Witness in Residence Initiative

The impact of transition for a transgender individual extends far beyond the self to their families, friends, colleagues and community. UNC Charlotte’s Aliaga-Buchenau Witness in Residence Initiative in 2019 hosted a community conversation that explored transgender lives in the context of family, friends and communities. The community conversation began at 6:30 p.m. Tuesday, April 9, at The Dubois Center at UNC Charlotte Center City (320 E. 9th Street, Charlotte 28202). The Witness in Residence Initiative was paused for several years after the COVID-19 Pandemic and resumed in the Fall 2023 semester. In 2023, the program was selected to be part of the updated General Education course plan that strengthens the University experience for undergraduate students by integrating course content from global and local perspectives in the Social Sciences and Humanities.

The Witness in Residence Initiative seeks to encourage conversations about issues pertaining to human rights and social justice in the U.S. and globally. Previous initiatives have focused on the death penalty, on Syrian refugees in the U.S., and on life in Communist East Berlin before the fall of the Berlin Wall.

The witnesses in the April 9 conversation were:

  • Matthew Rice, a transgender man living in Charlotte who has conducted research on HIV/AIDS in the transgender community in San Francisco and now teaches science in a local high school. He is a board member for Time Out Youth, a local organization that provides a safe space for all Lesbian, Gay, Bisexual, Transgender, Queer (LGBTQ) teens.
  • Debra Hopkins, a transgender woman who is an ordained minister, a motivational speaker and teacher who addresses issues of gender equality. She is director of There’s Still Hope, a transitional home for the trans community established to help end homelessness in Charlotte. Ms. Hopkins has written a memoir, Not Until You Have Walked in My Shoes – My Story.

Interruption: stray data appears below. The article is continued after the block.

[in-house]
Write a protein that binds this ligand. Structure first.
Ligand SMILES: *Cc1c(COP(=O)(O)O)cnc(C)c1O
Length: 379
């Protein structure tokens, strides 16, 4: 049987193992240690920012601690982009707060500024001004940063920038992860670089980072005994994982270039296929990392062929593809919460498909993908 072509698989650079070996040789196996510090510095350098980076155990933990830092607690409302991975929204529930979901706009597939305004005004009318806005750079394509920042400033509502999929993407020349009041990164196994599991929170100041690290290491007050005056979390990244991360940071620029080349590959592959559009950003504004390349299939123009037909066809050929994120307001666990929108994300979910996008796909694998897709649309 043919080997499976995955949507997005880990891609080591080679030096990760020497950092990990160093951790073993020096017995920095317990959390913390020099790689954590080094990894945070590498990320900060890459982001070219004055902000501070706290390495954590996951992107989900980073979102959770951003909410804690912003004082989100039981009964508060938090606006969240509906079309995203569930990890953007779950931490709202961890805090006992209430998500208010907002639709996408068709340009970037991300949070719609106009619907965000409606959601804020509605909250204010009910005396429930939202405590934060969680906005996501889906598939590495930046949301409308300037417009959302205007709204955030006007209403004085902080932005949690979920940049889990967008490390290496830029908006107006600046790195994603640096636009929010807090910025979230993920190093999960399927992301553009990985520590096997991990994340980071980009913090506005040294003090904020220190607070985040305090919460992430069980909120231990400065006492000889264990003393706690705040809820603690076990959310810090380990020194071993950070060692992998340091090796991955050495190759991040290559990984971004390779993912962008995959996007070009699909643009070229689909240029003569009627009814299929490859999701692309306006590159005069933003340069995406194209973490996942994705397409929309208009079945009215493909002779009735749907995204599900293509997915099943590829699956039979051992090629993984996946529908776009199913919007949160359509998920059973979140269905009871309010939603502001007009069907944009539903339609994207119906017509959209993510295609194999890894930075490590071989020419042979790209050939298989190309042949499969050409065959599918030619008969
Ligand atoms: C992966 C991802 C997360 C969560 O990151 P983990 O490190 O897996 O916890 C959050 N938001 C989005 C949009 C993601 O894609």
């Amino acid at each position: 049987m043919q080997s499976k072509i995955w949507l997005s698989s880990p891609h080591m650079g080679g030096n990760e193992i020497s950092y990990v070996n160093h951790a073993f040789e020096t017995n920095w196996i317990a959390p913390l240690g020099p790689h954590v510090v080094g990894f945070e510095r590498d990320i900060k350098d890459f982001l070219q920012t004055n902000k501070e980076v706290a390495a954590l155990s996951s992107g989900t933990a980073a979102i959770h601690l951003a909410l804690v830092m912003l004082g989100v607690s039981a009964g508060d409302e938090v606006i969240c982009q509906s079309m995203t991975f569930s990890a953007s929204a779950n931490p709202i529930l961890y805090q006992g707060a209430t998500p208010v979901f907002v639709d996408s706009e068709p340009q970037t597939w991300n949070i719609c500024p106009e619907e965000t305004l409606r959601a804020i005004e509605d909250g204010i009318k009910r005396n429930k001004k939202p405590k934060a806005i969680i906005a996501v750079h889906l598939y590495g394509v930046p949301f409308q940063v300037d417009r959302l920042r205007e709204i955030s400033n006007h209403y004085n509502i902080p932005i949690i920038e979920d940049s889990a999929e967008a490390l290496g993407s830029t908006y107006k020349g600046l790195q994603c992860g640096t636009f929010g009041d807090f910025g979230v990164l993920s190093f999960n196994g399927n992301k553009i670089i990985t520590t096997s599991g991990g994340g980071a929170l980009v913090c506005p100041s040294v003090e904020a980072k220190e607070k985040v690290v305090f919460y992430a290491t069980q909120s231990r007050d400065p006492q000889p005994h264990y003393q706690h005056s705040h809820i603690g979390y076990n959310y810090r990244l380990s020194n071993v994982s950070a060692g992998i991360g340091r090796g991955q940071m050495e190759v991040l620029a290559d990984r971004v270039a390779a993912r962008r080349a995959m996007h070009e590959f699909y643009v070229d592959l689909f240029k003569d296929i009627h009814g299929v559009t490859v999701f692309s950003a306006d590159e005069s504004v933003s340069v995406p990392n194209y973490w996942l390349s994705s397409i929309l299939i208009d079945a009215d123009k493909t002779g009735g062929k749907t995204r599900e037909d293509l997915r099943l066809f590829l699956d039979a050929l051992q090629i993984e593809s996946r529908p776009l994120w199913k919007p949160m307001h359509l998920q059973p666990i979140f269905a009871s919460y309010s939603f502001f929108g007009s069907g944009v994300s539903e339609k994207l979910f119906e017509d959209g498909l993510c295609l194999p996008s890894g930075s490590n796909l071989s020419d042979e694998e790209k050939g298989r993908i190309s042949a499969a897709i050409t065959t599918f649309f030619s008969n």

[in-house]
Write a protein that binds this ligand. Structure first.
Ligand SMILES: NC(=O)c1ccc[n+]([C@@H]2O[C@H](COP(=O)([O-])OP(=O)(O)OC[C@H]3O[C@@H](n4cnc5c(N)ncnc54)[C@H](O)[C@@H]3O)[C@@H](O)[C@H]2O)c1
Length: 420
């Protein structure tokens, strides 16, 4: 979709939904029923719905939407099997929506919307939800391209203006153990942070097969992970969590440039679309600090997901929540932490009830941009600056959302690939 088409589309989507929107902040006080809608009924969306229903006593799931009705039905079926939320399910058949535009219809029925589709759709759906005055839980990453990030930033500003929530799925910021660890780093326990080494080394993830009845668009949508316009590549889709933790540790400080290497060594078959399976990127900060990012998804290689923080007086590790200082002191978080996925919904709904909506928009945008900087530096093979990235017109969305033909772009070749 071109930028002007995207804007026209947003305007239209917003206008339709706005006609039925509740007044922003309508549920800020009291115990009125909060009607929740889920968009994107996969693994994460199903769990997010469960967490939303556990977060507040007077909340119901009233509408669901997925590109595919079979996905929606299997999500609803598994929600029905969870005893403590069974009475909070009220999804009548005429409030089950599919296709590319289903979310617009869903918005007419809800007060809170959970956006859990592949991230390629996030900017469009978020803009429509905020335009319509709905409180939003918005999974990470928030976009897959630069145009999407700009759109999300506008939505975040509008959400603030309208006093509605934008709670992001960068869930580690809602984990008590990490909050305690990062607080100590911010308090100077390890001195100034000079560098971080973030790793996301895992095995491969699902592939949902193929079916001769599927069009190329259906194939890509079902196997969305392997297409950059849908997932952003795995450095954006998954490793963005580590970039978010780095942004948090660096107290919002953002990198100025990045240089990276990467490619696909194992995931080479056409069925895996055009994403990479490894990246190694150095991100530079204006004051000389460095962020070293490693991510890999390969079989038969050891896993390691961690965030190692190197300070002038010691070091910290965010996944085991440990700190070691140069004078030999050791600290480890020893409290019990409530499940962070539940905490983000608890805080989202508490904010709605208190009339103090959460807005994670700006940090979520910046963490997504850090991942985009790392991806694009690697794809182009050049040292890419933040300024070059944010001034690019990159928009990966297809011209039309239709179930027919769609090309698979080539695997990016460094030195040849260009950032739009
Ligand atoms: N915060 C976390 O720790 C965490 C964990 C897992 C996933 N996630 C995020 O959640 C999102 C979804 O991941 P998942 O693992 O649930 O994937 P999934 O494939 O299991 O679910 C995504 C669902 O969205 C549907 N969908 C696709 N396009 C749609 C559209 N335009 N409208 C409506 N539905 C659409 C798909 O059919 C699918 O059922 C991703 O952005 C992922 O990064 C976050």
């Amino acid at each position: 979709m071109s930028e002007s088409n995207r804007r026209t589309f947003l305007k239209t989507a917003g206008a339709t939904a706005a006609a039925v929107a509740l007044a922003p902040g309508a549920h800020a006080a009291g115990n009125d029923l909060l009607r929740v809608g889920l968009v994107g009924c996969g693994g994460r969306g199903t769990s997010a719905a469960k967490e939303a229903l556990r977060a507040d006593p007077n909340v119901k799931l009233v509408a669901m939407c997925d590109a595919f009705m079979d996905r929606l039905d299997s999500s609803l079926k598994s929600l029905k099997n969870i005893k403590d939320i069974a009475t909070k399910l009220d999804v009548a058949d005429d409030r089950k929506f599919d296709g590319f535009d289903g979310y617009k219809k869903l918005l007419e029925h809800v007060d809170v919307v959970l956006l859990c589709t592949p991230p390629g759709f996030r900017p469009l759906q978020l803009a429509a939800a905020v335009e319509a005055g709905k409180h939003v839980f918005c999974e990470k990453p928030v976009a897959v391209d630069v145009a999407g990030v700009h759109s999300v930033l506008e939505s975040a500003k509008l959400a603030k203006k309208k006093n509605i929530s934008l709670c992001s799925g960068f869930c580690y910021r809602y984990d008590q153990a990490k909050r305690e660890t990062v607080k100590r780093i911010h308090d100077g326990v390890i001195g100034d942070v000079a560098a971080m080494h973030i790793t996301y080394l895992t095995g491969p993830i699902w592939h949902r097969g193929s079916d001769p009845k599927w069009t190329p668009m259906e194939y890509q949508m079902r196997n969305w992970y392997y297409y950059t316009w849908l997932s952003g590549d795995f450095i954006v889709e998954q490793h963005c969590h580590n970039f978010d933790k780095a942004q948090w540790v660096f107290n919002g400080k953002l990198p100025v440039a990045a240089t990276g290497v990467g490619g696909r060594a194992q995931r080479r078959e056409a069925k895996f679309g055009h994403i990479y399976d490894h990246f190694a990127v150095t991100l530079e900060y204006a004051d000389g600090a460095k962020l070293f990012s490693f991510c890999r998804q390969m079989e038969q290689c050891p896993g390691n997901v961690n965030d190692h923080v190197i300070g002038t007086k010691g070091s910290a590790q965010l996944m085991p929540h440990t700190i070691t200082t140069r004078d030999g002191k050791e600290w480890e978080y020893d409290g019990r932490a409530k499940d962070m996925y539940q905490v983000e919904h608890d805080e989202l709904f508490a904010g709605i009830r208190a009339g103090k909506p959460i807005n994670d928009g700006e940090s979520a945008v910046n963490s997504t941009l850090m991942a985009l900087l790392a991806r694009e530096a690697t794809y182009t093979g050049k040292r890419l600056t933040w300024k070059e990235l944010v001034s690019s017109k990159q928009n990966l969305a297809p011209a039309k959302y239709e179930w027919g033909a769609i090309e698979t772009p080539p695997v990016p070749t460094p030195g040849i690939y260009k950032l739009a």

• Debra Bercuvitz, a lifelong lesbian who has been partnered with a transman for 27 years, has published and spoken extensively about this experience to college and national audiences. Her relationship transition was documented as the cover story of the New York Times magazine in October, 2001. Debra holds a master’s degree in public health from UNC-Chapel Hill and lives in Massachusetts. She coordinates substance use interventions for the Department of Public Health’s maternal and child health bureau.

In addition to the public conversation, the three met and talked with students and faculty at UNC Charlotte and other area universities and high schools as a part of the initiative.

Earlier Programs

  • ​Conversations about the death penalty were the focus of the 2018 Witness in Residence Program, featuring Henderson Hill, executive director of the national organization 8th Amendment Project.
  • Syrian refugees Zubair Rushk and Amira Elamri shared their stories of life in Syria and a refugee’s long road to building a life in the United States in the Spring of 2017.
  • In the spring of 2016, the inaugural Witness in Residence program hosted Mario Rollig and featured a series of lectures, film screenings on Communist East Berlin.